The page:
home_and_garden com
May 8, 2024
(Updated on
May 2, 2024

Spotify Now Charges You To See Your Song’s Lyrics

Spotify has recently introduced an access paywall on its platform for the lyrics of the songs. A decision like this one seems to be part of a more general strategy to turn around free users into paid subscribers into Spotify Premium, which recently already had a price surge on its monthly subscription. The first change had been noticed last fall when non-paying users denied access to lyrics and gave them a message encouraging to subscribe to Spotify Premium. A spokeswoman at the time described the measure as only a test and limited to a few markets. 

Their language, though, had changed, and what was a "test" now seemed to be a permanent feature for Spotify's business model.

It was made under somewhat mysterious circumstances and without even a whisper from the company, as no announcements were made of this change. This move can actually be inferred as an attempt to give the subscription count a push. Though Spotify succeeded in having a number of users above 600 million monthly active users and posting growth in paid subscriptions with a large percentage of 15% year-on-year, the most recent quarterly revenue outcome fell short of market expectations. Spotify would be tempted to do that with such numbers in mind.

The effectiveness of such a move, however, seems doubtful. The lyrics are available to users for free via a variety of other services, including Genius, Apple's Shazam, Musixmatch, and others. They are not exclusive properties of Spotify.  This access would threaten Spotify's ambition to allow lyrics to be one of the motivators to make customers pay for the subscription to the Premium service.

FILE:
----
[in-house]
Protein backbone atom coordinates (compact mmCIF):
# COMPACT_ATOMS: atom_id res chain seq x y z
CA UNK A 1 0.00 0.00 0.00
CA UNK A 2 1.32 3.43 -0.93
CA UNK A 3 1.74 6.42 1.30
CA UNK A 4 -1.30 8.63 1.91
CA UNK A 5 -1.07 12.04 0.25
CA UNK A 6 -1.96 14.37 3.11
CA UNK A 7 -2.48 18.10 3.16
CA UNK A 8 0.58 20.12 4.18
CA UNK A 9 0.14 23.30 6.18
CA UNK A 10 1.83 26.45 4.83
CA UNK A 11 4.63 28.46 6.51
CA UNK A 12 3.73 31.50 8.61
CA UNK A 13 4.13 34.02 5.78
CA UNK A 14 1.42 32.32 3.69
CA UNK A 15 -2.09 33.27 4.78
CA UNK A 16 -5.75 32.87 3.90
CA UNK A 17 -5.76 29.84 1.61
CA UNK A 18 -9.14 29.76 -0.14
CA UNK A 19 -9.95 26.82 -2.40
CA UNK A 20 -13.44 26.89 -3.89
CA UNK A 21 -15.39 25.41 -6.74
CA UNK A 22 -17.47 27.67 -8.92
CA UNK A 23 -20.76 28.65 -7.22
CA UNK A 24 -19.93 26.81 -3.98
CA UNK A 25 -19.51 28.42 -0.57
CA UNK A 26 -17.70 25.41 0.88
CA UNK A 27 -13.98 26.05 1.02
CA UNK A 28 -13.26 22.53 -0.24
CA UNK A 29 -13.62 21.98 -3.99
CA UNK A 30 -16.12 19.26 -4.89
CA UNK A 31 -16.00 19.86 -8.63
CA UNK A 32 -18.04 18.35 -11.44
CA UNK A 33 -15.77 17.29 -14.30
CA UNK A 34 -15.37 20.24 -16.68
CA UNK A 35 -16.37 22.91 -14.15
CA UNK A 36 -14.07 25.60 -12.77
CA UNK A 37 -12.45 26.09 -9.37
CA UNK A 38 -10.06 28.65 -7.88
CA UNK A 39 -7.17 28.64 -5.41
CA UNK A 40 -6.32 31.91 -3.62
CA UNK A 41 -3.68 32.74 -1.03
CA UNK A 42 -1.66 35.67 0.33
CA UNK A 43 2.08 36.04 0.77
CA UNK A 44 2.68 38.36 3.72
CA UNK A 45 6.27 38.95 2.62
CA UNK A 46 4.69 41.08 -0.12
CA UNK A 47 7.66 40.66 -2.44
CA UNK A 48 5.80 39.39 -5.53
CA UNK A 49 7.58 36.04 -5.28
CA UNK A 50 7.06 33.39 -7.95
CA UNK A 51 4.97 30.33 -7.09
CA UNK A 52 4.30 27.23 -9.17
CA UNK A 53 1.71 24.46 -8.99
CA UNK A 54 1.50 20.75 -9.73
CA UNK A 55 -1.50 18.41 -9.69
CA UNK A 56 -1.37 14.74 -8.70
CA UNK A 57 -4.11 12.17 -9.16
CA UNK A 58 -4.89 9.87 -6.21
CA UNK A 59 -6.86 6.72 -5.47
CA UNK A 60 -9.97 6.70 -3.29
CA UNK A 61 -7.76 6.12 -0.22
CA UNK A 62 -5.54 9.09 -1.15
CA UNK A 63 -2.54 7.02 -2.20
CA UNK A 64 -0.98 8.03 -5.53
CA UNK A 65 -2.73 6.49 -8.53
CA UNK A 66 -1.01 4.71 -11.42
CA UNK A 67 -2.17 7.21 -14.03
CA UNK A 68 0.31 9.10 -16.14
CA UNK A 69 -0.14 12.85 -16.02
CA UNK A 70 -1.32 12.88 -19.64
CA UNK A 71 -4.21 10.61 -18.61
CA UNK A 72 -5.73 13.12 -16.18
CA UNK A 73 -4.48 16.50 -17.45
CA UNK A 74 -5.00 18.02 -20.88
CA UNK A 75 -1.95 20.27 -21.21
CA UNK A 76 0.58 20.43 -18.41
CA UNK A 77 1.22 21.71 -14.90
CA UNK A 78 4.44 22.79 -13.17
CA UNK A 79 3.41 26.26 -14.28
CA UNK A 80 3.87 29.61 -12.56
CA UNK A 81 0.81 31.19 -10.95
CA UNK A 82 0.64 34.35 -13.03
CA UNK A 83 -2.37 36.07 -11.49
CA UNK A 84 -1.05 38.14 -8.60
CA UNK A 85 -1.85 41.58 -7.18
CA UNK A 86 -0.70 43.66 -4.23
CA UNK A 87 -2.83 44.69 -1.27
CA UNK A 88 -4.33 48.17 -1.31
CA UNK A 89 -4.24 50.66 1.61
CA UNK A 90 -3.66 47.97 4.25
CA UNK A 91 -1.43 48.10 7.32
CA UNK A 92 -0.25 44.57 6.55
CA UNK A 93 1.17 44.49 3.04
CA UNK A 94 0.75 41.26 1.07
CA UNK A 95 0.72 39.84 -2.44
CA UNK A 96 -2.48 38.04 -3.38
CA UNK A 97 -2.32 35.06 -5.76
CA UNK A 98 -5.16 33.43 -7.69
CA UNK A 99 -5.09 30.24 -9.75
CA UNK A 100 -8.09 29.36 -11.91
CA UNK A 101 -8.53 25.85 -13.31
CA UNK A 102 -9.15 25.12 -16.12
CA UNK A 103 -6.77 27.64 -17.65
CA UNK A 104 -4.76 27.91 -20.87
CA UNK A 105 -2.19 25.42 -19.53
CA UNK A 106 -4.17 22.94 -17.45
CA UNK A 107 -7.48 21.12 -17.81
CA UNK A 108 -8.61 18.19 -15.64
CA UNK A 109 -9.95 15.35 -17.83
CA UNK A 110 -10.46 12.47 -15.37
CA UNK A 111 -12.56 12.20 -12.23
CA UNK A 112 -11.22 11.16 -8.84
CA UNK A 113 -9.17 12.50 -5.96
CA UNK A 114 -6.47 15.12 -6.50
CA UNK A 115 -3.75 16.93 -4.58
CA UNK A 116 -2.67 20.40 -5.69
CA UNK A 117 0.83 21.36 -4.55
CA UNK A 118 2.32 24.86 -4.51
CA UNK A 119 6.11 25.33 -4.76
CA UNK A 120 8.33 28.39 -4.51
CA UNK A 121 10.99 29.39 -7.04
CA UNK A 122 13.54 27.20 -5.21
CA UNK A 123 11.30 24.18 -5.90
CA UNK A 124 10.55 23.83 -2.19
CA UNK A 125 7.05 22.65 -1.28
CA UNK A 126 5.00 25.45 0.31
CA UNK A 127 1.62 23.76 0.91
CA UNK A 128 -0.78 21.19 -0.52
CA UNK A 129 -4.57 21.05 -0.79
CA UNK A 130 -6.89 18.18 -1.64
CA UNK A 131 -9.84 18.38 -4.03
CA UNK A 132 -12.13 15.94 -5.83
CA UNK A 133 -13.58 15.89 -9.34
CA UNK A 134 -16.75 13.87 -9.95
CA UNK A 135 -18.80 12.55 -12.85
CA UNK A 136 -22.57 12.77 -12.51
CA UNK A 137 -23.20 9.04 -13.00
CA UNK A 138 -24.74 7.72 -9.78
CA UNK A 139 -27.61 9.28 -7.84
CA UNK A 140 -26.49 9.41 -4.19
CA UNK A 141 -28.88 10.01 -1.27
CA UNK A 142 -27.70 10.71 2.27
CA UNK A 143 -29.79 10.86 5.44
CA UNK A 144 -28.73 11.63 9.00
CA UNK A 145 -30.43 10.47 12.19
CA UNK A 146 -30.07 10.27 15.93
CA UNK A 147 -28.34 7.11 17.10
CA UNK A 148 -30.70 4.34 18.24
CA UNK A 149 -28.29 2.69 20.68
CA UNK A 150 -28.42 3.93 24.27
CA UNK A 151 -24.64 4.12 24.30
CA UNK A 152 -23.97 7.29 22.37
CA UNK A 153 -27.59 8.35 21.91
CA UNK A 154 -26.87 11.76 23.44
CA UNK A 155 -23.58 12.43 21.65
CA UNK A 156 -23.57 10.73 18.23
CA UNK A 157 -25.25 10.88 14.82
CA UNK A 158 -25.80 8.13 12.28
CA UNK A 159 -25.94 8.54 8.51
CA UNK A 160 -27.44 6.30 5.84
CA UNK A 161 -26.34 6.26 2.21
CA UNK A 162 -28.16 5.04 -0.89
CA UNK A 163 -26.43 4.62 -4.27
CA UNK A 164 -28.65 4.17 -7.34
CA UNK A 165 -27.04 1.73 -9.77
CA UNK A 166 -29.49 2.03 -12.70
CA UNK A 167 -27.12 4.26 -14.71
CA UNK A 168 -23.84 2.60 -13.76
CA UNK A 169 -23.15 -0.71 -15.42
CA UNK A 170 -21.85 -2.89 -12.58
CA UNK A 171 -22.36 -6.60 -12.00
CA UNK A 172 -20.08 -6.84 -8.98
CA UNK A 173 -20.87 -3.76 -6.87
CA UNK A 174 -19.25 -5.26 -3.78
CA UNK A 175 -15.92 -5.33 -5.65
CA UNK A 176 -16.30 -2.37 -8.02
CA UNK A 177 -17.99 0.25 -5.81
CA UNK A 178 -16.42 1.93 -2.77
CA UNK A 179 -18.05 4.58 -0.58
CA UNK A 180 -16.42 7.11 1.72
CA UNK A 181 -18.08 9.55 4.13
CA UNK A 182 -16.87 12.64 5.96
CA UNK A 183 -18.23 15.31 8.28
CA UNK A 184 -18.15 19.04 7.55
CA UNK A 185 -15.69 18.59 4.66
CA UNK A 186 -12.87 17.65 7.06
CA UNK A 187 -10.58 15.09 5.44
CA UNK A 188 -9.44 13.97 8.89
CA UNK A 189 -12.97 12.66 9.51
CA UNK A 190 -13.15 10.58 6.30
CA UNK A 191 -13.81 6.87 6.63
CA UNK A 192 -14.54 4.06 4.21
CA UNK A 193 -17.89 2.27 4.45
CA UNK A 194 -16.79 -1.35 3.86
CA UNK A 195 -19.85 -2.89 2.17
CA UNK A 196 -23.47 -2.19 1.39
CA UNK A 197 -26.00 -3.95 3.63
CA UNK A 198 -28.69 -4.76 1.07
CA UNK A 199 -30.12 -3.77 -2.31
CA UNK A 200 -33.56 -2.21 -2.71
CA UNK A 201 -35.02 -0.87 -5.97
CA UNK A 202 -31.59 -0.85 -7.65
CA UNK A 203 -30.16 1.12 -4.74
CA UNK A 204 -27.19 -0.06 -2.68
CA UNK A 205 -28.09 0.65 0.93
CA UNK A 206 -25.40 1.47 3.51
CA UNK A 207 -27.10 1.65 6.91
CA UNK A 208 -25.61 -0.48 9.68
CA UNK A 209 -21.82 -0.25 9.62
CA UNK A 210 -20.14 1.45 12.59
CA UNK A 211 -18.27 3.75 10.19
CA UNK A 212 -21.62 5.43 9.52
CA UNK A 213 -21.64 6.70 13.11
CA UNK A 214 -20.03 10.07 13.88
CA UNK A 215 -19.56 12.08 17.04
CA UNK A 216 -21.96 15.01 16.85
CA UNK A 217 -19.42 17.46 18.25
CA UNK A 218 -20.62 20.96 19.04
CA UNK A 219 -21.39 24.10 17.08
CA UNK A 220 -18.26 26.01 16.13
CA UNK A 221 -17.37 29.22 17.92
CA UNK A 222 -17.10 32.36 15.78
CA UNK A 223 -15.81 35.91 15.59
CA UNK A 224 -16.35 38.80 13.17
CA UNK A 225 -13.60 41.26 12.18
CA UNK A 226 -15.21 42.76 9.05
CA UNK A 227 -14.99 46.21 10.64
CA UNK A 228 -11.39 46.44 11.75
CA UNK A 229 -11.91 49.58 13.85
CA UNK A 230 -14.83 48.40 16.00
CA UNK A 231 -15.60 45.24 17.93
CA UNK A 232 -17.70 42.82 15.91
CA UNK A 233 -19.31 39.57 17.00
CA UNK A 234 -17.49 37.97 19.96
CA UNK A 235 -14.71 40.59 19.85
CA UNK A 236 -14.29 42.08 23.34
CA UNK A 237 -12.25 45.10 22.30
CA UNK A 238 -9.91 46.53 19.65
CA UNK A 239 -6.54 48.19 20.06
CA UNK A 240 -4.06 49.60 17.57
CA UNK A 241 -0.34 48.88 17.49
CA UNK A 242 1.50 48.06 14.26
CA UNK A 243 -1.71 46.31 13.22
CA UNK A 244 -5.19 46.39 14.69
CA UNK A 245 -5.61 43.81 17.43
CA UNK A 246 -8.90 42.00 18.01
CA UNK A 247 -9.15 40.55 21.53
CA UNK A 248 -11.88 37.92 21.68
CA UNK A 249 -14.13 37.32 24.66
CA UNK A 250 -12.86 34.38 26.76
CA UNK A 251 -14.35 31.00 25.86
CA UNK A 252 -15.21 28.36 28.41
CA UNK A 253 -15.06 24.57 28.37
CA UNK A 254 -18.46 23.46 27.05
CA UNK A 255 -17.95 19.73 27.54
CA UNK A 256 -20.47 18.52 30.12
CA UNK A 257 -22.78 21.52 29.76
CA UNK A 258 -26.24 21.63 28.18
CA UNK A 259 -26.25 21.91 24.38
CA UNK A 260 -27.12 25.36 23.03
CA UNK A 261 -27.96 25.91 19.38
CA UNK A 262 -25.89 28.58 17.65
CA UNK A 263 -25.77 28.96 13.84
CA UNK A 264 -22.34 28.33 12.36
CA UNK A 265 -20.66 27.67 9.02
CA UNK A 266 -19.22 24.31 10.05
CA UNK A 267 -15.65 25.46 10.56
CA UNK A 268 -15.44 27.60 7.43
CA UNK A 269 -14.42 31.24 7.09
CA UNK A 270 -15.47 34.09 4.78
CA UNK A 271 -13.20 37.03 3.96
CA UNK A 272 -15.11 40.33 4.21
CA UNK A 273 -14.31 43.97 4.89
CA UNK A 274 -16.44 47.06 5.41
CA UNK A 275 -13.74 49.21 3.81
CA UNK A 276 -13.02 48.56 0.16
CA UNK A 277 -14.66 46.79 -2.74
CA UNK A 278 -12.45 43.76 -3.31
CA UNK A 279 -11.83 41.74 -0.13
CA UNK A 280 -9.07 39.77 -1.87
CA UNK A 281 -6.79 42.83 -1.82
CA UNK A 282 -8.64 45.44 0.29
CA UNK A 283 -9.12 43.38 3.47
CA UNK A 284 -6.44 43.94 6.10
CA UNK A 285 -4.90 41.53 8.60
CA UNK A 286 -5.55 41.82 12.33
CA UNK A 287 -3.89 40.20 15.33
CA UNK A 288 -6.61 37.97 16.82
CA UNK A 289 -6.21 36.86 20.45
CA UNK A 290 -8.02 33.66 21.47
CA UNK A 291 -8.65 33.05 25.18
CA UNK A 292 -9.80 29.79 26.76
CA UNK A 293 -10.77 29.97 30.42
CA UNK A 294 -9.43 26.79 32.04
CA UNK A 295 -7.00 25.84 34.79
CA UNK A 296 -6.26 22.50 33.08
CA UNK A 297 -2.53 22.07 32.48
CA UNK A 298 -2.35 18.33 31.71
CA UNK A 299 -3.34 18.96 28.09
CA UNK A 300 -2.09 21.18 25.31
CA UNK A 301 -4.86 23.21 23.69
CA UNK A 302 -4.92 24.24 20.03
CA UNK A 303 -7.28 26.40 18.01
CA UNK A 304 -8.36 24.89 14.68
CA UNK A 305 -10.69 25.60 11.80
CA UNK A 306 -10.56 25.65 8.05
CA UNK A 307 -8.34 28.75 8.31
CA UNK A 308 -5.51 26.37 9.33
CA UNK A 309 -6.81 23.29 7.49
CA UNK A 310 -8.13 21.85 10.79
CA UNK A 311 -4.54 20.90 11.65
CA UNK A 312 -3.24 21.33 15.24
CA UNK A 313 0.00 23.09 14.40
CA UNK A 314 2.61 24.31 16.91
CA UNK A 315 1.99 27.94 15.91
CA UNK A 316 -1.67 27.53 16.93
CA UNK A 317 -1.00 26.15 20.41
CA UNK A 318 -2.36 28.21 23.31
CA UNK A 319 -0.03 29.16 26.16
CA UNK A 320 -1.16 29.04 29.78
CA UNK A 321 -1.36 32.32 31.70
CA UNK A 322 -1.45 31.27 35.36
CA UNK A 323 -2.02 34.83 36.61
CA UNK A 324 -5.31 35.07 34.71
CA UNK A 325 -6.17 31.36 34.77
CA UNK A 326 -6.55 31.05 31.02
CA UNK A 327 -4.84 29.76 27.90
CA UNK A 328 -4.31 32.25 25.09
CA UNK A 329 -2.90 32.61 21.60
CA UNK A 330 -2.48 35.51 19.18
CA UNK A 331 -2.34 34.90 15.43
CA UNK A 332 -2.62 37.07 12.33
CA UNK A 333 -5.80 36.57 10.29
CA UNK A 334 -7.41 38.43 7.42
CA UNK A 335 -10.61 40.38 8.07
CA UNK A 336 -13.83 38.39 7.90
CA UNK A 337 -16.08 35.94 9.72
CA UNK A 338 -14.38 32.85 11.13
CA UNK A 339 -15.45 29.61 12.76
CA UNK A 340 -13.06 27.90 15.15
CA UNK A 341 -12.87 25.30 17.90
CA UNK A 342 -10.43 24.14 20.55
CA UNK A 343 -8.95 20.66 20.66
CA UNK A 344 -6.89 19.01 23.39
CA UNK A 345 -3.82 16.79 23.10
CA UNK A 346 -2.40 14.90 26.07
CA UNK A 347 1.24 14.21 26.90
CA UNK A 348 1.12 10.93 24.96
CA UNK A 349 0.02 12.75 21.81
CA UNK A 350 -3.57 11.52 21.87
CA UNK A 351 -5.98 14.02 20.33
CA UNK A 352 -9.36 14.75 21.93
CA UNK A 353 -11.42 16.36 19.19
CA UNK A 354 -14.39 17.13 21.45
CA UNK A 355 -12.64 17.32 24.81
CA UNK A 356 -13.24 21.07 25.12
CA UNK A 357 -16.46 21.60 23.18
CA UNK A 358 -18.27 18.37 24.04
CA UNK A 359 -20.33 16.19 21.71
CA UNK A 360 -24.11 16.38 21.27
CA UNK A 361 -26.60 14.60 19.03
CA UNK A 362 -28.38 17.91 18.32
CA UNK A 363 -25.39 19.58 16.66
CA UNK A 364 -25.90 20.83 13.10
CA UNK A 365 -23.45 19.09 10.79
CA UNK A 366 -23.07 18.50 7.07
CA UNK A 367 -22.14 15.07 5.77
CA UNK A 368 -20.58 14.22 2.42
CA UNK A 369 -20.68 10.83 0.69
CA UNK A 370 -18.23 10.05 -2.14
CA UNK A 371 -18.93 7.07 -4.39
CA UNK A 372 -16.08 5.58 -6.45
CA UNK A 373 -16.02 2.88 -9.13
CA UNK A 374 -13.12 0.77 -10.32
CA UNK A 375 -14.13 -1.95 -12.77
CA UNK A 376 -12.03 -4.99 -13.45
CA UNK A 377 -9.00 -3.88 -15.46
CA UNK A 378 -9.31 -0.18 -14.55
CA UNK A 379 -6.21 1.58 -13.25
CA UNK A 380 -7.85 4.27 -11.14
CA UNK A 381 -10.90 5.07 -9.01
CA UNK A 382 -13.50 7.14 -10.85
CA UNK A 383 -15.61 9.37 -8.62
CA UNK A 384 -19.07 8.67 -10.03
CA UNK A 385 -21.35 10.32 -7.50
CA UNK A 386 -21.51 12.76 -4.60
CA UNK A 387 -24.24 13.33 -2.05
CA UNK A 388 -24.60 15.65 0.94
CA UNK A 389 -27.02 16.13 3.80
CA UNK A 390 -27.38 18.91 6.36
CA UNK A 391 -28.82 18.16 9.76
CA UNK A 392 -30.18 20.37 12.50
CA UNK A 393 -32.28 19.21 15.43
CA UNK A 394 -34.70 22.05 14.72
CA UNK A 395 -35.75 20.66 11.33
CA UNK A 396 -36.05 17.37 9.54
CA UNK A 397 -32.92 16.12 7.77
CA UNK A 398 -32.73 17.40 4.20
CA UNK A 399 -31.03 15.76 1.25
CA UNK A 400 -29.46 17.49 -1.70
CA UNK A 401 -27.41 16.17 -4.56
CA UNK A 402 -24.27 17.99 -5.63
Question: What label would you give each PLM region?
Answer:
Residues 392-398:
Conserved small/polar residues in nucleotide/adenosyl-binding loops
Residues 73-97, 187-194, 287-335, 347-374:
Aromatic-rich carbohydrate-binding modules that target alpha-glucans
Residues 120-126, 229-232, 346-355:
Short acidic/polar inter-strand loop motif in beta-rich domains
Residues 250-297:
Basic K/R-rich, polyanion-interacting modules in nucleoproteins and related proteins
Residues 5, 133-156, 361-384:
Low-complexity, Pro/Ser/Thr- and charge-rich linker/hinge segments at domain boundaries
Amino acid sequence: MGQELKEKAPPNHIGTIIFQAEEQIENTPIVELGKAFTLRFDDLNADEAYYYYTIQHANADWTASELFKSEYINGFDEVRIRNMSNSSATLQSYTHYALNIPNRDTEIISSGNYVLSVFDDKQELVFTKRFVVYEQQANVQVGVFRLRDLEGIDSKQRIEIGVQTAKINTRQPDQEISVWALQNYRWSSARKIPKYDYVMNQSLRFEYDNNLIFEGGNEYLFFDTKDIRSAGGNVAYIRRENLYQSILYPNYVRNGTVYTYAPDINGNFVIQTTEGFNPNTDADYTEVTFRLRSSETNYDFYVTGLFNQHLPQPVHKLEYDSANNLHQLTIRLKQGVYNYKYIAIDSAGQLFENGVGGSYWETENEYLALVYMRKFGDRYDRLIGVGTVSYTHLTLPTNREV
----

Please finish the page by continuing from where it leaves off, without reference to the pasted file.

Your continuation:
The reaction was kind of polarized when Spotify announced that it would start monetizing the lyrics. In a very optimistic view, it can be taken as a business move where Spotify has found itself targeting a very popular feature to force more users into becoming paid users. The other risk is to lose a good part of the user base of Spotify, which is used to benefiting from the service for free and may think of this as a devaluation.

Photo by charlesdeluvio on Unsplash

An interesting point to consider in the future, since it would be interesting to see whether Spotify's new policy actually has any effect on further growth and, on the other hand, if the uproar in the community possibly does really force some kind of reconsideration of the strategy. This means that the music streaming business exists within a very competitive domain and how such players as Spotify strike the balance between monetizing content and not compromising the user experience will determine success. This is a recent and risky change, but only time will show the fruits of it for Spotify. Perhaps users will pay up; maybe it will just push them towards alternative platforms that have richer free experiences.

These Insights might also interest you
Contact Us
Brand Vision Insights - Lets Talk!
Please fill out the form below if you have any advertising and partnership inquiries.
Thank you! Your submission has been received!
Oops! Something went wrong while submitting the form.